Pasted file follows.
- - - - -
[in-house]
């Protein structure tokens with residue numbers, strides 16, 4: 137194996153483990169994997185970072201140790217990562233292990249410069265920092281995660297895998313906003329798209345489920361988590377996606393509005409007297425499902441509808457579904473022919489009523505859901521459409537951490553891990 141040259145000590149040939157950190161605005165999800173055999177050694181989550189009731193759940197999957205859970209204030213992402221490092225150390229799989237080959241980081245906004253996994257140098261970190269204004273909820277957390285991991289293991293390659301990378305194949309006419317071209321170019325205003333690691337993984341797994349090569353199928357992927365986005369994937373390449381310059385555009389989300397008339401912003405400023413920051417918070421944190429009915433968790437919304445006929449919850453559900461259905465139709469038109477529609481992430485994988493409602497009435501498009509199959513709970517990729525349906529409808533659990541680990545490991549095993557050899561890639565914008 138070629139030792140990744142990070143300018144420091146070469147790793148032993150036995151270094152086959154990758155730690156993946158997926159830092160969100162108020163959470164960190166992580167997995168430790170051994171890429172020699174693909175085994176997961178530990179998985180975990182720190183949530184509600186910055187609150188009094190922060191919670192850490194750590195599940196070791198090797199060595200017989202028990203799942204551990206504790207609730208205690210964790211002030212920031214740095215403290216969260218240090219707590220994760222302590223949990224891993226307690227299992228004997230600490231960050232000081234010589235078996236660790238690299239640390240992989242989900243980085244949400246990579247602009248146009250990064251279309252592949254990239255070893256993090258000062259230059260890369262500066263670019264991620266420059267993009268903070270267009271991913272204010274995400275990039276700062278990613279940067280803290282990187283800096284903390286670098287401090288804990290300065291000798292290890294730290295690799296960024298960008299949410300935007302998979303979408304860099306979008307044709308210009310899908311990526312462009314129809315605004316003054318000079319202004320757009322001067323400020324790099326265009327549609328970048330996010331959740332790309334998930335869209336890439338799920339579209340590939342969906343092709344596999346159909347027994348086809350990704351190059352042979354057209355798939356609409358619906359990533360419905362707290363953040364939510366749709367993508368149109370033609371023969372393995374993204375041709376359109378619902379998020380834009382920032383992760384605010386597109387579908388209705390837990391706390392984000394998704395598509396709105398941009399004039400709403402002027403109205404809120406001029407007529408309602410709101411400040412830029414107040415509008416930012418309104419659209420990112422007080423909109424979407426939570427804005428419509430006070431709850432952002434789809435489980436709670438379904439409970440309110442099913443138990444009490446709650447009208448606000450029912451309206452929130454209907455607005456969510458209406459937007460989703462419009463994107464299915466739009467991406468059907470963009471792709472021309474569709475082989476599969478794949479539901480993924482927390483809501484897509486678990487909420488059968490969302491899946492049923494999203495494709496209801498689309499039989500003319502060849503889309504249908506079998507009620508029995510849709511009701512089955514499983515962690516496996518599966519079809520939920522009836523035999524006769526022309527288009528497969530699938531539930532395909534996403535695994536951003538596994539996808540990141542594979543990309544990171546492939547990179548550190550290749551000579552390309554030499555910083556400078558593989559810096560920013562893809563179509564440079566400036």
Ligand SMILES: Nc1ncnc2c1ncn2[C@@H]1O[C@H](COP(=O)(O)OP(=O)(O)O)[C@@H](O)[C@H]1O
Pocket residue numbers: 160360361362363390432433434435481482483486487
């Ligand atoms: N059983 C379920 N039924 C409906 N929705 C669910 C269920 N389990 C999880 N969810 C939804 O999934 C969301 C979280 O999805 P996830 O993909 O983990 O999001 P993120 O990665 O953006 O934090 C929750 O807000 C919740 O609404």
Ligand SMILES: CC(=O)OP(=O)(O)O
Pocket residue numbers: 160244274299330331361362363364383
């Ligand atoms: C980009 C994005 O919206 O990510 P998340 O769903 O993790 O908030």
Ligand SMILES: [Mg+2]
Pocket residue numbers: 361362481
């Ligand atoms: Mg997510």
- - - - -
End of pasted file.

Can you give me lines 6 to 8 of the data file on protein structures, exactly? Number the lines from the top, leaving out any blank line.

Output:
Ligand SMILES: CC(=O)OP(=O)(O)O
Pocket residue numbers: 160244274299330331361362363364383
């Ligand atoms: C980009 C994005 O919206 O990510 P998340 O769903 O993790 O908030």